Discussing “The Future” with From Ashes to New
Lancaster, PA-based band’s revamped lineup consisting of founding frontman/rapper/programmer Matt Brandyberry, guitarist Lance Dowdle, new vocalist Danny Case, and drummer Mat Madiro, prove their chemistry with recent release of The Future. An album that sees the band expanding their music palette and taking their blend of rock, hip/hop, pop, and metal to new heights. Danny Case was a pleasure to talk to as he tells Ignite how he landed his position in the band, the motivation behind hit single “Crazy,” and the message he hopes everyone takes away from the new album.
IMM: You were announced as the new lead singer of From Ashes to New last July along with original member and vocalist Matt Brandyberry. What is your musical background and how did this opportunity come about for you?
DC: We kind of came from similar and entirely different backgrounds. Matt originally was just into rap and I grew up on classic rock and roll and eventually started listening to bands like Linkin Park and Green Day and stuff like that. Eventually, Matt got into nu metal and all those groups as well, so we ended up having the same backgrounds. Continuing on and getting older and getting into my early 20’s, I got into metal and metalcore. I got really into Breaking Benjamin, Avenged Sevenfold and eventually bands like Memphis May Fire, Of Mice and Men, and Asking Alexandria for awhile then went into the more technical areas of bands like Periphery, who are still one of my favorite bands. I think they’re incredible musicians. At the same time, I kind of grew this love for pop music as well, like Bruno Mars and then alternative music like Paris. I love bands like that. I kind of just sprawled out as the years have gone on and I really started appreciating everything.
IMM: You’re certainly all over the place with music.
DC: What’s funny is, on long drives I’ll put on ambient background music, almost like meditation music. That is some of the greatest music to me because it makes me think. It puts a lot of people to sleep, but for me, my brain starts thinking so I love it. As far as how I ended up in the band, I had done an audition for something completely different in November of 2016 and I wasn’t expecting to win or anything like that. I wasn’t necessarily interested, but they had this competition that I thought was really cool because they had this instrumental track and they asked people to write their own lyrics and record a video of you singing it. I really liked the song, so I thought I’d do it. Eventually, Matt and Matt were scouring the internet looking for a singer and they came upon that video. Matt B. reached out to me and after messaging back and forth a few times, he sent me a message on Facebook asking me to audition for the band. He sent the tracks over and sometime in about March, I sent them back and he loved the takes that I did but they were doing public auditions, so they were going to look through there as well and see what they find. They ended up landing with me.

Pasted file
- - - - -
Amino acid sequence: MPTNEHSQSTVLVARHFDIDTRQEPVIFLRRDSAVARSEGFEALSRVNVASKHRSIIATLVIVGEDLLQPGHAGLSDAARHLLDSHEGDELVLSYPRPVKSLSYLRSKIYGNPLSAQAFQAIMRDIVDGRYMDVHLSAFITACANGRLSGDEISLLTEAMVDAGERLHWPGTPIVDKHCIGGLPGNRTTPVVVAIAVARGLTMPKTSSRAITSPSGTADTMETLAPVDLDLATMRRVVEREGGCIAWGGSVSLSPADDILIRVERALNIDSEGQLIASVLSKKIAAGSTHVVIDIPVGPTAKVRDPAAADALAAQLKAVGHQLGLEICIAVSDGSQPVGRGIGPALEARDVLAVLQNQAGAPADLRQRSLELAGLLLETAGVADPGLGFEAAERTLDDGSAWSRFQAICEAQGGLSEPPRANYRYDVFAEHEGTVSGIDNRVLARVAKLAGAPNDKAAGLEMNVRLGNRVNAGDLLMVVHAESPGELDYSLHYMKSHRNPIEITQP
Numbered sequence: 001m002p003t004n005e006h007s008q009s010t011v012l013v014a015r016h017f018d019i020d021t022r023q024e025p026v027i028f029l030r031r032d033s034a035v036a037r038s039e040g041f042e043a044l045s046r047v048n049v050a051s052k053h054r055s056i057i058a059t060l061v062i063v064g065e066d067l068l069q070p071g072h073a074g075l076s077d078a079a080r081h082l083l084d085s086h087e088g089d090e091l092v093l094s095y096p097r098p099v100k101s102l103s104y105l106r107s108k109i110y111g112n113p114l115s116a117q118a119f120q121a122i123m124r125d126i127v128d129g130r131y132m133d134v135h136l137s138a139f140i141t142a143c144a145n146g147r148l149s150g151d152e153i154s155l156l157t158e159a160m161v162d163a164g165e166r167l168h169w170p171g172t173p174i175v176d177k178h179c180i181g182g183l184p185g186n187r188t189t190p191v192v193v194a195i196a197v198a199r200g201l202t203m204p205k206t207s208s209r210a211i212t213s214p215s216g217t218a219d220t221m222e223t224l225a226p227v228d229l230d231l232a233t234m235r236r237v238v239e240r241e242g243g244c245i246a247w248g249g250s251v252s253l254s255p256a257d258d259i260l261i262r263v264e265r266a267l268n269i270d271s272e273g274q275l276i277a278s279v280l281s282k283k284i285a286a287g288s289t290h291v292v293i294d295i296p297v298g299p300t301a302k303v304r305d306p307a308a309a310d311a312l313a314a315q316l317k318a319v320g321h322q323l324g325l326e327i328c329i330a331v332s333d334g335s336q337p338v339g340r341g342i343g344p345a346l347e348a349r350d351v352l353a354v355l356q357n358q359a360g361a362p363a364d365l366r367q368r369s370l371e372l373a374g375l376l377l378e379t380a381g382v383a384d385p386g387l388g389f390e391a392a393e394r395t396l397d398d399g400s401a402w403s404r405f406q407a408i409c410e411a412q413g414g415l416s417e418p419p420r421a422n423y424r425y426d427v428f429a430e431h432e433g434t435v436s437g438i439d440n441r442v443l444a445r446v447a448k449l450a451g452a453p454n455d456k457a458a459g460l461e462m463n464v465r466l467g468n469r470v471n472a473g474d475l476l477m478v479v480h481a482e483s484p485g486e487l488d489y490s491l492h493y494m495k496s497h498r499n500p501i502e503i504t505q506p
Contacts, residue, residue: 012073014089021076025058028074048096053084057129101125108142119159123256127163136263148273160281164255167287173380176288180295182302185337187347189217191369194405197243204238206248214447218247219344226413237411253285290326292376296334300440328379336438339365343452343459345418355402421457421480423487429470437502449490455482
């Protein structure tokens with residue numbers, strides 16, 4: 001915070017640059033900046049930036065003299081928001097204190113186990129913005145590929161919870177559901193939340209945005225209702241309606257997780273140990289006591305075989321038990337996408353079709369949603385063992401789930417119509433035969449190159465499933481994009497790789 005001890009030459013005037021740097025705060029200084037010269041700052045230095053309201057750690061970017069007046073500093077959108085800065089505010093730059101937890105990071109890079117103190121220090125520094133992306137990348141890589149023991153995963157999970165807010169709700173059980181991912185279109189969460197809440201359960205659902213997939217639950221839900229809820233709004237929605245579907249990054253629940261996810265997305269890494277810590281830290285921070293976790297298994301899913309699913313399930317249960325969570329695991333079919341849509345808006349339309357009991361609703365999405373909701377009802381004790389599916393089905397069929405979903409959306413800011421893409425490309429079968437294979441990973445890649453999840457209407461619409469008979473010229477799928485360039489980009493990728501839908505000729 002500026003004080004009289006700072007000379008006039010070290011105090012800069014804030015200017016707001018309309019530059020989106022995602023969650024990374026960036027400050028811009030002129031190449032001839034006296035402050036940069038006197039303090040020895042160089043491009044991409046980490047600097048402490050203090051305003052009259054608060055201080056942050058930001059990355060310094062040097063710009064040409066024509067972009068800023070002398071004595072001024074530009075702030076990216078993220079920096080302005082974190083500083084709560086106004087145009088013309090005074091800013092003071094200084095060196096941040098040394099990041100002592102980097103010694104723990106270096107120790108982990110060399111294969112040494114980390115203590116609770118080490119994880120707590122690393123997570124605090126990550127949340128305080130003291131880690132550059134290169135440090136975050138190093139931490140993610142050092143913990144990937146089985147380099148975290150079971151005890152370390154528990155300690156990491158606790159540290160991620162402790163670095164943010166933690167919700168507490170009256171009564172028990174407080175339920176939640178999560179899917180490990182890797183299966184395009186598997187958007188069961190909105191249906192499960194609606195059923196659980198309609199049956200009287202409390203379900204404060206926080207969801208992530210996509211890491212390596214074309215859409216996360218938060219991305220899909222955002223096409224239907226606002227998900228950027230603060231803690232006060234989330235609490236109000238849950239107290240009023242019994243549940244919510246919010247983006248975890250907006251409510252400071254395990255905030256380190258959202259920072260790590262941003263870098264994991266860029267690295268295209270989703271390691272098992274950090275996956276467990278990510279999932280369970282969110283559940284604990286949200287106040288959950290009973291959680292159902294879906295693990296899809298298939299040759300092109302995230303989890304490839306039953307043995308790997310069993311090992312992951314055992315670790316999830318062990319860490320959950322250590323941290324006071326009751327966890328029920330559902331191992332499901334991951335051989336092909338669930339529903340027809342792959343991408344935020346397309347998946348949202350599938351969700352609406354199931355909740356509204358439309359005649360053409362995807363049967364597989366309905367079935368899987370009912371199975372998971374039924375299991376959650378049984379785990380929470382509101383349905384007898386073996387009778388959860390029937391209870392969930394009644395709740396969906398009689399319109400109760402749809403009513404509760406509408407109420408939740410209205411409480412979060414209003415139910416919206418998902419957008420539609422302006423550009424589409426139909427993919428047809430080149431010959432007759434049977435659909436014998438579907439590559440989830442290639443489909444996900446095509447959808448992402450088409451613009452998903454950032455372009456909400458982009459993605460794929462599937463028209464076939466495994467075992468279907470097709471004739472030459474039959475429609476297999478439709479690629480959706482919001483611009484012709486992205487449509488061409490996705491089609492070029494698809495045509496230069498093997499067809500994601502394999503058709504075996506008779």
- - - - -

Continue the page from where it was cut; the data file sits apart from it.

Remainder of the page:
IMM: That’s interesting how they actually found you online.
DC: It’s funny because I really do believe in manifesting things and what you focus on kind of comes about in your reality. For the longest time I viewed other bands picking up a musician and then that musician being skyrocketed into the music industry, like Avenged Sevenfold and their older drummer Arin Ilejay. I don’t remember the band he was in, but all of a sudden they picked him up and he was in this huge band and I so wished I could do that. It was always in the back of my head, and out of nowhere years down the road after thinking that year after year, I was messaged by Matt and it just kind of came to fruition. It’s funny how things like that work.
IMM: The new LP, The Future, was released April 20th. What has been the response so far?
DC: It’s been really awesome. We have had some people that don’t really like the change and they prefer either the old sound or the old songs. We’ve also had a ton of great response and have really expanded our fan base immensely with this album. I think we picked up way, way more fans than we lost. I feel we only lost some people and that’s okay. They still have Day One and the old EP to listen to. I feel like we really did a good job with this album, gaining new fans and also retaining almost all of our current fans.
IMM: I really enjoyed it, as I knew I would. I wasn’t really familiar with the older stuff, but hearing “Crazy,” the first single off the album on Sirius XM Octane was my first exposure to FATN that grabbed my attention.
DC: That’s really cool. Octane is a really amazing radio station. We have a lot of love for them.
IMM: “Crazy” certainly is a song everyone can relate to. Can you just give me some insight into your motivation for the writing of it?
DC: For me, I think almost everybody goes through a situation like this, whether it’s with a person or a substance, where you just feel like you’re trapped in a situation and you can’t get out of it and you feel like you’re losing your mind and you’re crazy because you can’t figure out how to have some peace of mind. I never thought that I was going to be one of those people who would experience that, but I happened to be talking to someone that I thought was one way and it ended up being a completely different person but I was already emotionally invested, so I was feeling nuts try to make it work. I was wondering, “What happened? Why isn’t this working? Where did it go wrong?” I was losing my mind and that’s kind of where that came from. I never thought that could happen to me and it did, so it could happen to anyone and we wanted to put a song out there that people could relate to on that level.